Middle School Opens With a Bang

August 27, 2013


Photo by Mario Andreatta Middle School students work on a project in math class.

Photo by Mario Andreatta
Middle School students work together on a project in math class.

Photo by Mario XXX Middle School student, xxxx xxxx, works on a project in xxx class.

Photo by Mario Andreatta
A scholar works on an assignment in class.

By Ryley Thompson

— The Ask Academy has a new addition downstairs this year – the middle school is finally up and running. It has caused quite a cramp in space due to the complications of buying the Stephanie Building next door, however, flexibility of the managers and scholars has made the accommodations easier.

The middle school is designed to prepare students for the challenging high school program; managers start by introducing the concept of project-based learning, which is what The ASK Academy charter is founded on. The classes are smaller, so students get more one-on-one attention with the project managers and are able to delve deeper into their assignments.

The middle school schedule is set up differently than the high school – it runs on a block schedule. All students take part in both engineering and biomedical pathways until they reach high school, where they will then make the choice between the two. In the morning is one hour of career pathways, and this semester, all seventh graders are labeled as the biomedical pathway while eighth graders explore the engineering pathway; next semester it will switch. After career pathways, seventh graders go to two and a half hours of history and English, while the eighth graders go to science and math for the same amount of time. After lunch, seventh and eigth graders switch core classes. All students get a one hour elective of their choice in the afternoon.

Rachael Sewards, a former high school manager, moved downstairs to the middle school this year.  She said she enjoyed teaching high school quite a bit, but her training and experience is in middle school and she understands the science behind teaching the lower grade levels. Having previously taught middle school, Mrs. Sewards is not new to the game.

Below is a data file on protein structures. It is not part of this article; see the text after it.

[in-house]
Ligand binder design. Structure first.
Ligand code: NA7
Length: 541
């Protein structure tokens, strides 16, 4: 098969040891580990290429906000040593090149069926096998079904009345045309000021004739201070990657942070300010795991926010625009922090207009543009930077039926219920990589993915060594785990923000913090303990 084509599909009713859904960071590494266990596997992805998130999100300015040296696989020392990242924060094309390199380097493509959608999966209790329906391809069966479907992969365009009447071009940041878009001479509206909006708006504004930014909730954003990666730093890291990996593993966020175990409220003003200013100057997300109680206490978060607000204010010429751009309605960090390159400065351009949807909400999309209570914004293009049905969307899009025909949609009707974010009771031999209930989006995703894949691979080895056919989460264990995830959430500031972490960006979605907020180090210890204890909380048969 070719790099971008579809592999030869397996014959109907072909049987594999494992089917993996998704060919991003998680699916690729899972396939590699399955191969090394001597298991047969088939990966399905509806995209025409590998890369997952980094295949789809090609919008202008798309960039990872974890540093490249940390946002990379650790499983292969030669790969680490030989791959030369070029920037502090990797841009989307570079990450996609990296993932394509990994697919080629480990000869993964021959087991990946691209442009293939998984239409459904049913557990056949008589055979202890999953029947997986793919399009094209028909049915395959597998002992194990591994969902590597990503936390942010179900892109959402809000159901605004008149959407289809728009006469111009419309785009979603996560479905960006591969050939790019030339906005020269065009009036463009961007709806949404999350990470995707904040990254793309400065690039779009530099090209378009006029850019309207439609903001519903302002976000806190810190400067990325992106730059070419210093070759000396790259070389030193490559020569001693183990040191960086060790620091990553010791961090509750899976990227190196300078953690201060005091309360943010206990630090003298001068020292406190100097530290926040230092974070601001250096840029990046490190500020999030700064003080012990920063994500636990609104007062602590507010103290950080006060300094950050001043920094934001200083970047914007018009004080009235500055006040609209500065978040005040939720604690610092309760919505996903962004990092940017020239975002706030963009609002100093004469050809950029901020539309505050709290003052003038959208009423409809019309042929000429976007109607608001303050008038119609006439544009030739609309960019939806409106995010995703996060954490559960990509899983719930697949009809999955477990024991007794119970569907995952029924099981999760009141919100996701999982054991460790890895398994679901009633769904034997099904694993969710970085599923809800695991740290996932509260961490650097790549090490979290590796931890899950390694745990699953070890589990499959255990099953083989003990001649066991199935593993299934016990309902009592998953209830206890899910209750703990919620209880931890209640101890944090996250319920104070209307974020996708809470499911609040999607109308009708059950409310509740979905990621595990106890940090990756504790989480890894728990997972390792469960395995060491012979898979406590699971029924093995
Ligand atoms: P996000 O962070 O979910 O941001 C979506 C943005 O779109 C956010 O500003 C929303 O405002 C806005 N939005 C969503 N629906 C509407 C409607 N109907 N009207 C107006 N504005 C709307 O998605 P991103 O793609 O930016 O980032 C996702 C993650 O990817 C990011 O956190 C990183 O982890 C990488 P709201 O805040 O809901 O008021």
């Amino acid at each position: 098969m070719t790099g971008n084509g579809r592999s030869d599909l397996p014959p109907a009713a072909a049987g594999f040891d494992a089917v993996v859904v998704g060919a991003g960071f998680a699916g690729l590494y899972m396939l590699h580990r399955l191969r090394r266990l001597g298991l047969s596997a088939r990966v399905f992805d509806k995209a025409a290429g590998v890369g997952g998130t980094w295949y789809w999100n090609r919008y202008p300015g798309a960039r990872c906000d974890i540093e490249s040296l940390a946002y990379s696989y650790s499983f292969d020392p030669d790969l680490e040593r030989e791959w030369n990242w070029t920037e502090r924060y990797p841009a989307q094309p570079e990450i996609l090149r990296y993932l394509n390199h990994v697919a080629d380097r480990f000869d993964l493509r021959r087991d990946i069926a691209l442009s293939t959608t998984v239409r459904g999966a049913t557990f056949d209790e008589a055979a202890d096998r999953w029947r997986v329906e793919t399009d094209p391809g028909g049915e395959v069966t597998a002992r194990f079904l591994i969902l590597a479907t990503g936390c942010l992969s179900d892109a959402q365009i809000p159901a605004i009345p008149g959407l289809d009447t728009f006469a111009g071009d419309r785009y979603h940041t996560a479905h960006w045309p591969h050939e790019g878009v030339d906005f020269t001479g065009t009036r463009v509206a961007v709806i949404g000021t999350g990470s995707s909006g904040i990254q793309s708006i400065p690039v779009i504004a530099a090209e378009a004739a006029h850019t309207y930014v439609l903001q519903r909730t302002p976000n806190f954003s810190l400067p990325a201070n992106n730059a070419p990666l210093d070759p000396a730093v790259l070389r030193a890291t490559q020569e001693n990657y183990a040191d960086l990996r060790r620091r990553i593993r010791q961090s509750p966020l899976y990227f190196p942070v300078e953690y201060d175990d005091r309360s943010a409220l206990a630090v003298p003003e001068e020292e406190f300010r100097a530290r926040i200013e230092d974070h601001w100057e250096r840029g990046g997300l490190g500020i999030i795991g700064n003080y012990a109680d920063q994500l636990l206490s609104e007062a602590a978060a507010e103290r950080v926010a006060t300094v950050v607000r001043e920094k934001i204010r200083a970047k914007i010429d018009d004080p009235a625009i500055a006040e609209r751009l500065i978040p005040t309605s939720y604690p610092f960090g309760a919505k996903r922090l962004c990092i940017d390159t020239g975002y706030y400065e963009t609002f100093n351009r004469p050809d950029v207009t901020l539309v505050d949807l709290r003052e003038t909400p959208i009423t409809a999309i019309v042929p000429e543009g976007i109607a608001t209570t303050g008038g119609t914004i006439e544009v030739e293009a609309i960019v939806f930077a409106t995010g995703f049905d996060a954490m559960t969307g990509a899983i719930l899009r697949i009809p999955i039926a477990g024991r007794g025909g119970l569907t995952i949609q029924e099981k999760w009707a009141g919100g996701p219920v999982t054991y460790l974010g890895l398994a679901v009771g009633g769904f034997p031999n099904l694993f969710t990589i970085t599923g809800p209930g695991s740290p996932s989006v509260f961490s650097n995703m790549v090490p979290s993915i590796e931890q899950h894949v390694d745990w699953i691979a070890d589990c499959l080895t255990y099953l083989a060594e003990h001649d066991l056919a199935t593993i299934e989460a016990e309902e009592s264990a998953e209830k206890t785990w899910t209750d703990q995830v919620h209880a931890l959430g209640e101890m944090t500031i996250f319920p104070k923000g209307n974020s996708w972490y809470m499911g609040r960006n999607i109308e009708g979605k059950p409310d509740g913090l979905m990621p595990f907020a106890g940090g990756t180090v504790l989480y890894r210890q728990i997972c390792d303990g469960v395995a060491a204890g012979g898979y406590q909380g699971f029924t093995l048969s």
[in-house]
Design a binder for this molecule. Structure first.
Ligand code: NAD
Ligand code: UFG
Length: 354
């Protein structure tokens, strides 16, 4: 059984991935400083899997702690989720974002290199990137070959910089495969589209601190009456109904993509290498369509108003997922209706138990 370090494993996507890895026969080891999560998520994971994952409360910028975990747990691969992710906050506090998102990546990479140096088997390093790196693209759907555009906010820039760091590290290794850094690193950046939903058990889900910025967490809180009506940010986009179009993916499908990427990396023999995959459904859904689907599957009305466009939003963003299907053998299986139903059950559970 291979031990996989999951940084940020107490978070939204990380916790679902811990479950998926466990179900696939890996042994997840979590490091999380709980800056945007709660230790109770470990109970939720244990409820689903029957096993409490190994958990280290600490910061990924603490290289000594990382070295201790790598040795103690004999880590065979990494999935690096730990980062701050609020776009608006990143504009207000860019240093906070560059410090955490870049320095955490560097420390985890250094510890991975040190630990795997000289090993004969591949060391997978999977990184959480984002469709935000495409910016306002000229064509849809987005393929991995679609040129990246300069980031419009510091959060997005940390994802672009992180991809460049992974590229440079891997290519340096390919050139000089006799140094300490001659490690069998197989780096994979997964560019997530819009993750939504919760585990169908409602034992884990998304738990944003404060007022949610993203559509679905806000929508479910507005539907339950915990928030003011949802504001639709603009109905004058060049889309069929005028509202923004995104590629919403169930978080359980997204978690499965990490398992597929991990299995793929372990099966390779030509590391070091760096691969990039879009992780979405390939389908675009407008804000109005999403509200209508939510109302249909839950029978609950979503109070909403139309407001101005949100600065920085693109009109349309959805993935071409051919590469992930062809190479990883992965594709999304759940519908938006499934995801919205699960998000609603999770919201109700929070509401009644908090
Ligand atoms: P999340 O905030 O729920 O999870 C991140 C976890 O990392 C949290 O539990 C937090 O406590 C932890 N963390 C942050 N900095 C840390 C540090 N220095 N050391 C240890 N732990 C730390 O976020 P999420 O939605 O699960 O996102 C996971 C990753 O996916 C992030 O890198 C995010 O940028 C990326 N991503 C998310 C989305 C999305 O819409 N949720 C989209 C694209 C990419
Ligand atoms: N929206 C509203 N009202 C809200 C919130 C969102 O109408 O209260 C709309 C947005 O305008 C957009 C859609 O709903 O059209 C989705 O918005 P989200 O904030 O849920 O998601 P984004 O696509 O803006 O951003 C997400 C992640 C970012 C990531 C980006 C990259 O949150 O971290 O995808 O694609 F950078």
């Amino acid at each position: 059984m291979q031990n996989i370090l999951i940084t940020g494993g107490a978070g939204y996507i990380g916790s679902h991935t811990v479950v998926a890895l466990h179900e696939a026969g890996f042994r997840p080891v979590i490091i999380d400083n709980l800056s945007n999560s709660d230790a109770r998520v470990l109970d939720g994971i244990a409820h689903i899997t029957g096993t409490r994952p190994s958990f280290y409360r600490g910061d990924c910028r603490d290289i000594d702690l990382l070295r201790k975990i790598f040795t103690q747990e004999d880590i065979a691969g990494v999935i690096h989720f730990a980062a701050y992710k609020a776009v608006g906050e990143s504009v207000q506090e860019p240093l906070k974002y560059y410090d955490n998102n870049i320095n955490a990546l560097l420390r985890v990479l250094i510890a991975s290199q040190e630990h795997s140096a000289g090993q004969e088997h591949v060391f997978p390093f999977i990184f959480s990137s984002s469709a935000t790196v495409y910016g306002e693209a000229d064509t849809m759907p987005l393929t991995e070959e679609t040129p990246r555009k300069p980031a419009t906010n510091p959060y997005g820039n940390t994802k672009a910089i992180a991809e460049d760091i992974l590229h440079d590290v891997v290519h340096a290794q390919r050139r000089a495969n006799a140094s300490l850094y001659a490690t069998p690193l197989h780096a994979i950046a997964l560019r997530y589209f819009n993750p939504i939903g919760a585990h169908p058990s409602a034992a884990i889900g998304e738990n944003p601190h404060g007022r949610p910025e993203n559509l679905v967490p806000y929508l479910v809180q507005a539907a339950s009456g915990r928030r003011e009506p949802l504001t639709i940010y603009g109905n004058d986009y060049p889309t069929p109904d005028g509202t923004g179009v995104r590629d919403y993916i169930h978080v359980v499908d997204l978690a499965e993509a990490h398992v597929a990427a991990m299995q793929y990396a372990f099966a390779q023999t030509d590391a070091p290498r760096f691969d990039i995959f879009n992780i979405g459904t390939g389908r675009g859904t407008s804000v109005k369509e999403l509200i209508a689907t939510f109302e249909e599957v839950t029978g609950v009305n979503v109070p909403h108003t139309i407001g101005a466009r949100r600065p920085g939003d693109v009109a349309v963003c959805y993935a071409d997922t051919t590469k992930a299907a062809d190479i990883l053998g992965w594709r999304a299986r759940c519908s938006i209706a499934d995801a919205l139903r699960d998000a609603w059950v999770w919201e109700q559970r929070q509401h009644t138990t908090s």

The hardest part has been isolation from her peers, “I only really see the same 50 students a day, 25 seventh graders and 25 eighth graders,” she said. Another difficult aspect of middle school is “making sure there are enough transitions, because like high schoolers, middle schoolers don’t like to sit down for too terribly long,” Sewards said.

Former Cleveland High School teacher Amanda Lovato is new to The ASK Academy, as well as teaching middle school. She seems to be enjoying her time as a project manager.  “So far, I like the little ones,” she said. She said ASK allows students to create their own learning, and new experiences, which is different than any school she has taught at.

Seventh grader Amorette Lancellotti said the ASK Academy is  awesome. “There are only 25 students, so you don’t have to be crowded, and there are only four different classes that you have to go to.”

Eighth grader Nate Kaib has already decided what career path he will down when he enters the high school — for him it has always been about engineering. “It’s more fun, and I am really good at building things,” he said. Kaib  came from Taylor Middle school and appreciates the Academy’s take on middle school.

“I like the ASK Academy a lot better than any of my other schools because of the block schedules and because I have more time in class,” he said.



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One Comment on “Middle School Opens With a Bang”

  1. Ethan Says:

    i am surprised that there hasn’t been people tripping on chairs yet.


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